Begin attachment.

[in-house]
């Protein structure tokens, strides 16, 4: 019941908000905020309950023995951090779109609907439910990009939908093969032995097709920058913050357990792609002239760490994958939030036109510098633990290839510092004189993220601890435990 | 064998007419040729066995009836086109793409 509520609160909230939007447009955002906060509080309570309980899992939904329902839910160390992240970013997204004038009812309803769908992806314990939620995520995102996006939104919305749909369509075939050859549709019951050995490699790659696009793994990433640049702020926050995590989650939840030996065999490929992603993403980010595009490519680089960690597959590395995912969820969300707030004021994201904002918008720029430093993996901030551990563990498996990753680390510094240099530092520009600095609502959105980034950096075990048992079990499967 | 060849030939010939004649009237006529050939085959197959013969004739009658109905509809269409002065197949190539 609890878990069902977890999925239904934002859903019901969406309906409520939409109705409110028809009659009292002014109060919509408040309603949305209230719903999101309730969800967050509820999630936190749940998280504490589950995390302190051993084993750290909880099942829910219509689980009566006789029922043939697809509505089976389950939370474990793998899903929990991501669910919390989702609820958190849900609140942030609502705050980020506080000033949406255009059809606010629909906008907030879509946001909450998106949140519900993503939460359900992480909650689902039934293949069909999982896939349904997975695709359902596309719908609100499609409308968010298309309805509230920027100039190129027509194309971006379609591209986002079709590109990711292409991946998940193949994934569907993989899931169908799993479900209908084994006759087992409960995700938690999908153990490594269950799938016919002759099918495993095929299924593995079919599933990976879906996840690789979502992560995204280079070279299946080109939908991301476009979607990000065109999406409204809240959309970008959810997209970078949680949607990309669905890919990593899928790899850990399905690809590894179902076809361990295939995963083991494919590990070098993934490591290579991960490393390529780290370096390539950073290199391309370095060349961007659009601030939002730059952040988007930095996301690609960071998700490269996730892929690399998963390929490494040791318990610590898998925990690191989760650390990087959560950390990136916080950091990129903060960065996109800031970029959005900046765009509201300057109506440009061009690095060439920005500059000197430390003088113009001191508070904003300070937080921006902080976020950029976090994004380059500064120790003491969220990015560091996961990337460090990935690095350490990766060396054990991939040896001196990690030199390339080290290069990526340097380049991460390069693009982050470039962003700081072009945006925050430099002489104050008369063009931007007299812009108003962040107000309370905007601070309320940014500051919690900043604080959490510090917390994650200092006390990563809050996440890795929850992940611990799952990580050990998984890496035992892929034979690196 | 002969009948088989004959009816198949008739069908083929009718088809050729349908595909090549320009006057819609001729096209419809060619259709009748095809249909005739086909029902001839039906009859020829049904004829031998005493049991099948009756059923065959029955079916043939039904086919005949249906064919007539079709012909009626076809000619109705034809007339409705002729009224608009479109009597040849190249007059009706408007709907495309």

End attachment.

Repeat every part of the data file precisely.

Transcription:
[in-house]
């Protein structure tokens, strides 16, 4: 019941908000905020309950023995951090779109609907439910990009939908093969032995097709920058913050357990792609002239760490994958939030036109510098633990290839510092004189993220601890435990 | 064998007419040729066995009836086109793409 509520609160909230939007447009955002906060509080309570309980899992939904329902839910160390992240970013997204004038009812309803769908992806314990939620995520995102996006939104919305749909369509075939050859549709019951050995490699790659696009793994990433640049702020926050995590989650939840030996065999490929992603993403980010595009490519680089960690597959590395995912969820969300707030004021994201904002918008720029430093993996901030551990563990498996990753680390510094240099530092520009600095609502959105980034950096075990048992079990499967 | 060849030939010939004649009237006529050939085959197959013969004739009658109905509809269409002065197949190539 609890878990069902977890999925239904934002859903019901969406309906409520939409109705409110028809009659009292002014109060919509408040309603949305209230719903999101309730969800967050509820999630936190749940998280504490589950995390302190051993084993750290909880099942829910219509689980009566006789029922043939697809509505089976389950939370474990793998899903929990991501669910919390989702609820958190849900609140942030609502705050980020506080000033949406255009059809606010629909906008907030879509946001909450998106949140519900993503939460359900992480909650689902039934293949069909999982896939349904997975695709359902596309719908609100499609409308968010298309309805509230920027100039190129027509194309971006379609591209986002079709590109990711292409991946998940193949994934569907993989899931169908799993479900209908084994006759087992409960995700938690999908153990490594269950799938016919002759099918495993095929299924593995079919599933990976879906996840690789979502992560995204280079070279299946080109939908991301476009979607990000065109999406409204809240959309970008959810997209970078949680949607990309669905890919990593899928790899850990399905690809590894179902076809361990295939995963083991494919590990070098993934490591290579991960490393390529780290370096390539950073290199391309370095060349961007659009601030939002730059952040988007930095996301690609960071998700490269996730892929690399998963390929490494040791318990610590898998925990690191989760650390990087959560950390990136916080950091990129903060960065996109800031970029959005900046765009509201300057109506440009061009690095060439920005500059000197430390003088113009001191508070904003300070937080921006902080976020950029976090994004380059500064120790003491969220990015560091996961990337460090990935690095350490990766060396054990991939040896001196990690030199390339080290290069990526340097380049991460390069693009982050470039962003700081072009945006925050430099002489104050008369063009931007007299812009108003962040107000309370905007601070309320940014500051919690900043604080959490510090917390994650200092006390990563809050996440890795929850992940611990799952990580050990998984890496035992892929034979690196 | 002969009948088989004959009816198949008739069908083929009718088809050729349908595909090549320009006057819609001729096209419809060619259709009748095809249909005739086909029902001839039906009859020829049904004829031998005493049991099948009756059923065959029955079916043939039904086919005949249906064919007539079709012909009626076809000619109705034809007339409705002729009224608009479109009597040849190249007059009706408007709907495309």